11
Mar
10

Kineme Anaglyph Render Plugin

The good people at Kineme released the latest version of their excellent GL Tools plugin set yesterday.

One of the most exciting additions for me was the new Stereo Environment patch, that acts a bit like a Render In Image patch, but outputs two images instead of one. Any geometry placed inside is rendered twice from slightly different point-of-view, and Left and Right images are produced. These two images can then be composited together to create 3D Anaglyphs that jump out of the screen when viewed with coloured glasses.

Anaglyphs have always fascinated me, so I was excited about giving it a go. After some initial disappointment, a very quick update to the plugin (thanks again smokris), and some head-scratching, I managed to get it to work. The effect isn’t perfect, but it definitely gives a sense of depth to the images with the glasses on. This version needs the Red/Cyan style 3D specs (there’s another system that uses Red/Green).

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9 Responses to “Kineme Anaglyph Render Plugin”


  1. 1 mazn
    March 15, 2010 at 12:18 am

    any chance of a posting on this one? Would love to mess up it. THANKS keep up the awesome work.

  2. 2 alx
    March 15, 2010 at 9:14 am

    It’s OpenCL-based, so it’s pretty unstable, and will only run on newer machines. Don’t want to cause you lots of crashes…

    a|x

  3. March 25, 2010 at 6:25 pm

    Cool! Such timing too – I’ve been working on anaglyphic compositing for Anachrome, Trioscopic, and ColorCode glasses the past couple of weeks. Got it running quite nicely in QC (and AE, and PS); hope to post the results on my blog in another month or two (gotta wait for the project to finish before I can publish articles).

    Iaian7 / John Einselen

    • 4 toneburst
      March 25, 2010 at 8:35 pm

      Hi John.

      Sounds cool. Do you have a good source for different glasses, by any chance? I’m trying to get hold of a pair of the Red/Green ones, and all I can find are Red/Cyan.

      Looking forward to seeing your 3D stuff.

      a|x

      • March 26, 2010 at 12:40 am

        I’ve just been ordering through Amazon… have tried a couple of the “nicer” shades, even highly rated ones, but the acrylic lenses deliver terrible anaglyph separation. They’re more comfortable, but let through all sorts of unhelpful wavelengths. The cyan and green acrylic lenses are the worst, clearly letting through 15% or more of the red or blue wavelengths they’re supposed to block.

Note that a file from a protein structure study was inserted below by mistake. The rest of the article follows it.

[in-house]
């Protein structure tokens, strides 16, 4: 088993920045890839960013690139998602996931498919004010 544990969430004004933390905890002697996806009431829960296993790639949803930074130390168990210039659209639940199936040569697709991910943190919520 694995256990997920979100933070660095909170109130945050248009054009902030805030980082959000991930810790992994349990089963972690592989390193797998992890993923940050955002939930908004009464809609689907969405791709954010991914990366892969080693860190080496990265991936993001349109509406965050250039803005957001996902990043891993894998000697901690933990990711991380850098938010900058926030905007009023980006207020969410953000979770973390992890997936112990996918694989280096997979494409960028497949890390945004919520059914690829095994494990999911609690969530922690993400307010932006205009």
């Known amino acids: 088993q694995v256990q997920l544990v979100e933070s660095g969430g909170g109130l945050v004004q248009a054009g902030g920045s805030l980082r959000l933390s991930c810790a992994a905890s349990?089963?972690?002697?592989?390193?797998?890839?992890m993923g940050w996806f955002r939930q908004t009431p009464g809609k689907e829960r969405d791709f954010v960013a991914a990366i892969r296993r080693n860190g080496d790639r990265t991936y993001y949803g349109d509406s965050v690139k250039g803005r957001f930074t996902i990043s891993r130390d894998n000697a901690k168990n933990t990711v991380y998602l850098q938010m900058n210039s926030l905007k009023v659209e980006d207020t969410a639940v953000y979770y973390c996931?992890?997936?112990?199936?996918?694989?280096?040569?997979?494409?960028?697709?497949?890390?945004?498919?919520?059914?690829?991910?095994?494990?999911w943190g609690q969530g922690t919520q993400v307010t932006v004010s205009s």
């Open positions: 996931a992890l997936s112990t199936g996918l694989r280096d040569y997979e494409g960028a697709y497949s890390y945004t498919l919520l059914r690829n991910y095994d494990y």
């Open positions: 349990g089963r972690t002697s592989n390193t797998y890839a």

If you can, I’d recommend finding paper frames with the gel lenses. Ugly as heck, but typically more reliable wavelength transmission/blocking. When you say red/green, do you mean the magenta/green Trioscopic glasses (popularised by Coraline and Monsters vs. Aliens), or the classic red/green from years ago? I think there are a couple sources online for the older ones, but none that I’ve ordered from; Swell3d.com or 3dmanifesto.com may be good starting points.

  4. 6 toneburst
    March 26, 2010 at 11:11 am

    That sounds like good advice. I have quite a few of the cardboard ones. The only problem with those is that they get really greasy from skin-contact, which looks a bit grim 😉

    Or maybe I just have particularly greasy skin….

    Re. the Red/Green glasses; I’m talking about the old-style ones, yes. This page on Paul Bourke’s site
    http://local.wasp.uwa.edu.au/~pbourke/texture_colour/anaglyph/
    seems to suggest colour-reproduction is better with this method, though it seems to have gone out of fashion lately, in favour of the Red/Cyan method.

    Oddly enough, Channel 4 here in the UK had a season of 3D films, and they used another anaglyph system. One filter was yellow, can’t remember what the other side was….

    a|x

  5. April 16, 2010 at 1:29 am

    It’s not exactly accurate to call it an anaglyph render plugin. It was actually originally tested with passive 3D polarized systems. Best regards, as always!

  6. September 17, 2010 at 1:44 am

    It’s been awhile, but I finally got permission to post the stuff I was working on at Vectorform earlier this year!

    Tutorial – http://iaian7.com/quartz/AnaglyphCompositing
    Download – http://www.vectorform.com/blog/1153/anaglyph-compositing/

    Includes examples for Anachrome, Triochrome, and ColorCode glasses, all in CIfilter code.


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